Friday, 27 July 2012

Olympic Flame Chocolate Chip and Orange Cupcakes

Tonight, the Games of the XXX Olympiad begin and the Olympic Cauldron will be lit over the city of London. For the next 17 days, it will burn brightly as a symbol of the Olympic movement and its ideals:   "The most important thing in the Olympic Games is not winning but taking part; the essential thing in life is not conquering but fighting well." Baron Pierre de Coubertin, founder of the modern Olympic movement.

I've always loved the romanticism of the Olympics, and especially the flame. Who can forget the opening ceremony of the Barcelona Olympics, when an archer fired a flaming arrow over the cauldron, which then ignited? So, when Laura of Laura Loves Cakes and Rachel of Dolly Bakes announced that this month's Calendar Cakes challenge (hosted by Laura) was based on the Olympics, I didn't have to think too long about what I wanted to do.
Inspired by the orange of the flame, I decided to do an orange flavoured and coloured frosting, with a chocolate chip and orange cupcake. I used gold cupcake cases as well, which is the colour of the 2012 Olympic Relay Torch. I tried three different ways of decorating the cupcakes. First was swirling the orange frosting with a deeper shade of orange. This turned out OK, but only on the first cupcake as by the time I piped the second all the orange colouring (which I smeared inside the piping nozzle) had disappeared. Second was using some red, orange, yellow and white coloured sprinkles. This looked cute, but no more so than any other cupcake. I then tried some red glitter dusted over. It didn't really give the effect I was after, but looked pretty anyway!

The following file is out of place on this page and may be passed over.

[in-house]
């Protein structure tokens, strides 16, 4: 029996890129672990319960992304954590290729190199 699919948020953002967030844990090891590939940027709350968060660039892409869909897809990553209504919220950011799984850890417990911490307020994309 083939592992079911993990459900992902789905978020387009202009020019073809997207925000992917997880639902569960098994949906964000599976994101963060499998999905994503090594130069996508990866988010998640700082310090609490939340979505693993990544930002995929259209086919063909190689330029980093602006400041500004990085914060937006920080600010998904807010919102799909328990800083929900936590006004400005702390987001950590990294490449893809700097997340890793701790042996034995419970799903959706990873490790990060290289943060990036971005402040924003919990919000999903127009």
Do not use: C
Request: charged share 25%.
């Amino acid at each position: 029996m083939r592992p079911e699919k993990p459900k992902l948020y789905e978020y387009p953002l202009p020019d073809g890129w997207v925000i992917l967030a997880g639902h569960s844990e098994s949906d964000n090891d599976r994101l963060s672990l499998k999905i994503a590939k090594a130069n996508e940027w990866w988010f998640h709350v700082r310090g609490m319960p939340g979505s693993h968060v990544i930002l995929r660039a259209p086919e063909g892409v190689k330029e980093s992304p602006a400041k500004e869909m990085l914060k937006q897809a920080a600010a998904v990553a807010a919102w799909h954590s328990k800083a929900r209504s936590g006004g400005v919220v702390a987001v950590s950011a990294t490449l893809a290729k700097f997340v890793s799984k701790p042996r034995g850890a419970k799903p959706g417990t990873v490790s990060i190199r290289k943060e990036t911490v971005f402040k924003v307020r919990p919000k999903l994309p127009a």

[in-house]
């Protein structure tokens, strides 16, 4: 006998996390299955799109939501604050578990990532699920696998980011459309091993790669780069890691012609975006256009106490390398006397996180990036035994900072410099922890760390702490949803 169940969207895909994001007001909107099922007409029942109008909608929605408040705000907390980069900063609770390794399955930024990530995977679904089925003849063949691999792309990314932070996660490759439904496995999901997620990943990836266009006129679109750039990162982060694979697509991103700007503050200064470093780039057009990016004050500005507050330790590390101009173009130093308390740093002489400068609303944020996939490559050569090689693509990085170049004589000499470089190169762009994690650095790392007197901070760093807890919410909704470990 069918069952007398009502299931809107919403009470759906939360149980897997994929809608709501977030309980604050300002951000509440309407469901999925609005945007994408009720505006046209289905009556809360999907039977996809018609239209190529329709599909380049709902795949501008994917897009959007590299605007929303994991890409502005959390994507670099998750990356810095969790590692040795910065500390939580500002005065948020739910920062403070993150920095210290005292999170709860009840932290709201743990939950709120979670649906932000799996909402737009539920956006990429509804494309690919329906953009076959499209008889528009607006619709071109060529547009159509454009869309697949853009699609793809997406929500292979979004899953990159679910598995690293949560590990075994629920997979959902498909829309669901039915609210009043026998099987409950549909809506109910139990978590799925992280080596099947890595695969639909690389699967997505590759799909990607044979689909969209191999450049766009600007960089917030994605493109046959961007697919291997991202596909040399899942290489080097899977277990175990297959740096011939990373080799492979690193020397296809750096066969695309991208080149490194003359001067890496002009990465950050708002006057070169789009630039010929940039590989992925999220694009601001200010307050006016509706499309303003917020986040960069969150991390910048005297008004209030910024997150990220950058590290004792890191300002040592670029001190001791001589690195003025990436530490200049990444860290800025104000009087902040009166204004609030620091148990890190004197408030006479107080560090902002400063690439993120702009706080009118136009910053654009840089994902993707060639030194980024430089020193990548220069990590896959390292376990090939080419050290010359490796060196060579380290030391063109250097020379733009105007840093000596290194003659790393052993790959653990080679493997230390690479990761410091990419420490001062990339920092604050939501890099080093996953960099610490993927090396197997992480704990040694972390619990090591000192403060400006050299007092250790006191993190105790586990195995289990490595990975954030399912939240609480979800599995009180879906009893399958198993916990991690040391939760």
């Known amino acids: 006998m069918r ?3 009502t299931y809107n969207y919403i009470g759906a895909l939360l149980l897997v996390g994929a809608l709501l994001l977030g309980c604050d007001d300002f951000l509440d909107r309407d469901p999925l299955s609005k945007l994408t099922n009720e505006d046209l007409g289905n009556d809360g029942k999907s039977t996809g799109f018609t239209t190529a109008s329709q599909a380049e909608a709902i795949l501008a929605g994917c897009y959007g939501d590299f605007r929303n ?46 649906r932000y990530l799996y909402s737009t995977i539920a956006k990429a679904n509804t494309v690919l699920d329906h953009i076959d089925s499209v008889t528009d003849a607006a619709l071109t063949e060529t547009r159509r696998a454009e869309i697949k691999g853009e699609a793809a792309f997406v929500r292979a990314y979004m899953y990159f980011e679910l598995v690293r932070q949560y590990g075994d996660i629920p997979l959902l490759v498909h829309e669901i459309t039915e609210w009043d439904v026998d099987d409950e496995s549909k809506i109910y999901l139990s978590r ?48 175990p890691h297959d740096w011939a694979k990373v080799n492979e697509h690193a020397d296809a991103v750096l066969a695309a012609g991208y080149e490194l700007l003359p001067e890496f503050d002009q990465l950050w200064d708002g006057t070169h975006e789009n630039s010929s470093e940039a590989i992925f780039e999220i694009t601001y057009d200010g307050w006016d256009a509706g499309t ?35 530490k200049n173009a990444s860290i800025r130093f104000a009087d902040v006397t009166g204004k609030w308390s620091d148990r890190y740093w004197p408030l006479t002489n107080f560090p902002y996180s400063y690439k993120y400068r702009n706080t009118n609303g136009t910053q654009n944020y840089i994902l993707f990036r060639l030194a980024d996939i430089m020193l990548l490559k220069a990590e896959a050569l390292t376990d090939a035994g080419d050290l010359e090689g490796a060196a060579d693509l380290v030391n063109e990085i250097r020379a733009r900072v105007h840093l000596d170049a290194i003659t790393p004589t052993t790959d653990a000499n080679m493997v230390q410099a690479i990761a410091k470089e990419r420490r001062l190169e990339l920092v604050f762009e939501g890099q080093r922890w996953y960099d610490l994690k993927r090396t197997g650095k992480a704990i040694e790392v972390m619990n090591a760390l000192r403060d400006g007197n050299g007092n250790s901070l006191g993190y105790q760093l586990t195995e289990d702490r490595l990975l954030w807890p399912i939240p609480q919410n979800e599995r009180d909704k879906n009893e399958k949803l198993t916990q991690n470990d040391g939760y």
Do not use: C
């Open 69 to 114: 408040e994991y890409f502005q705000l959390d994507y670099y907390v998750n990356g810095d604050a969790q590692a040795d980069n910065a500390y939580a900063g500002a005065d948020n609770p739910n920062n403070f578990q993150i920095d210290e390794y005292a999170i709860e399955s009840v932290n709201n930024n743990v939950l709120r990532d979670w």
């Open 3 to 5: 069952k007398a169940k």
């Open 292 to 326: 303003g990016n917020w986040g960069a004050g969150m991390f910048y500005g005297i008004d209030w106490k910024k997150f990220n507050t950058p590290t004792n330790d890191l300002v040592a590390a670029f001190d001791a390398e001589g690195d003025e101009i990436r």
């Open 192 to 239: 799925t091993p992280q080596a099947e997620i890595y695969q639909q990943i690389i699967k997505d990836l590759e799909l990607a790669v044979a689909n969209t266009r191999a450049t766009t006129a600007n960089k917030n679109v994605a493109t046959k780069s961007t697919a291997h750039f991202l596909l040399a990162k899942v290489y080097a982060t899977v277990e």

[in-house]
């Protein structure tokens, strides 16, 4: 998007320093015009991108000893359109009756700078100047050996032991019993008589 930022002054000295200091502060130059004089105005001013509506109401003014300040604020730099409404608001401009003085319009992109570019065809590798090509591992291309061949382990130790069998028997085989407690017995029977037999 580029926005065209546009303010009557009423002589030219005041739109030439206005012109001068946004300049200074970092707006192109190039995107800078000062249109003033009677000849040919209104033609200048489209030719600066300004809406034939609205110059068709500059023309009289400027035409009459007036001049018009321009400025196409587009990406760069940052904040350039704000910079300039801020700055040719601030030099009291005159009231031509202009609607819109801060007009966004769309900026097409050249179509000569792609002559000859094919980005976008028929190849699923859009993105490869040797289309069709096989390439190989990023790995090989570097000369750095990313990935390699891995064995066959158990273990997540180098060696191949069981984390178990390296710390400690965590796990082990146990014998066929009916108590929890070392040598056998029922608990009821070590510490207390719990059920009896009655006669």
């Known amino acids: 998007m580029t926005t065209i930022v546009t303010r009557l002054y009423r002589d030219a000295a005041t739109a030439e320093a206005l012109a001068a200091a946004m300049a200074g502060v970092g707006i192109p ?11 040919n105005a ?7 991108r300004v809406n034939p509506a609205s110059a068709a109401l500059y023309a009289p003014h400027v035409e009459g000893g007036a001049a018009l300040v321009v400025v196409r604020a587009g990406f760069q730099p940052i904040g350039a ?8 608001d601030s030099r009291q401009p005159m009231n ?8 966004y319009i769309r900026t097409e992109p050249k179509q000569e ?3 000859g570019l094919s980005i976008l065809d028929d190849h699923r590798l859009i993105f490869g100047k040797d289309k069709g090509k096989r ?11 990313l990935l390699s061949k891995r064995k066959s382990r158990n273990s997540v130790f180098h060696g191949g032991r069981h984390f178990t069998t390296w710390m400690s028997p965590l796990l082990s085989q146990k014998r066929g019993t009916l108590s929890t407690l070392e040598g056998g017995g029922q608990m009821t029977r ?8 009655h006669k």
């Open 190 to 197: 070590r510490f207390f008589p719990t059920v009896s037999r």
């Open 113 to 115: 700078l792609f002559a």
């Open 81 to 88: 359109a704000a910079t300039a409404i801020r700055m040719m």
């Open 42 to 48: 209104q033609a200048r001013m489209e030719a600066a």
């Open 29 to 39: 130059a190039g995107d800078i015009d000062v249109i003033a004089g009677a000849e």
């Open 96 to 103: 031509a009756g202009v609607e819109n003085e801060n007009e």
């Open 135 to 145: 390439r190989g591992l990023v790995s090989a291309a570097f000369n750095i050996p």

The cupcakes themselves are flavoured with orange extract, and with a hefty dose of chocolate chips. The frosting is actually made using icing sugar with half butter and half cream cheese, flavoured with orange zest and juice. I love using cream cheese in frosting, as I find the slight tartness helps stop it becoming too sweet. It seems to give a good consistency too and holds up well to piping.

The resulting cupcake was really moist sponge, subtly flavoured with orange and studded with chocolate. The frosting was quite zingy - from the  zest - and I felt it really complemented the sponge. My piping did spark a debate in the house though as to whether there was a little too much frosting to cake (personally, I had no idea what they were talking about ;) ). Anyway, here's what I did.

Chocolate Chip and Orange Cupcakes

Ingredients (makes 9)

100g soft unsalted butter
150g self-raising flour
150g caster sugar
1 tbspn milk
2 large eggs
1/2 tspn orange extract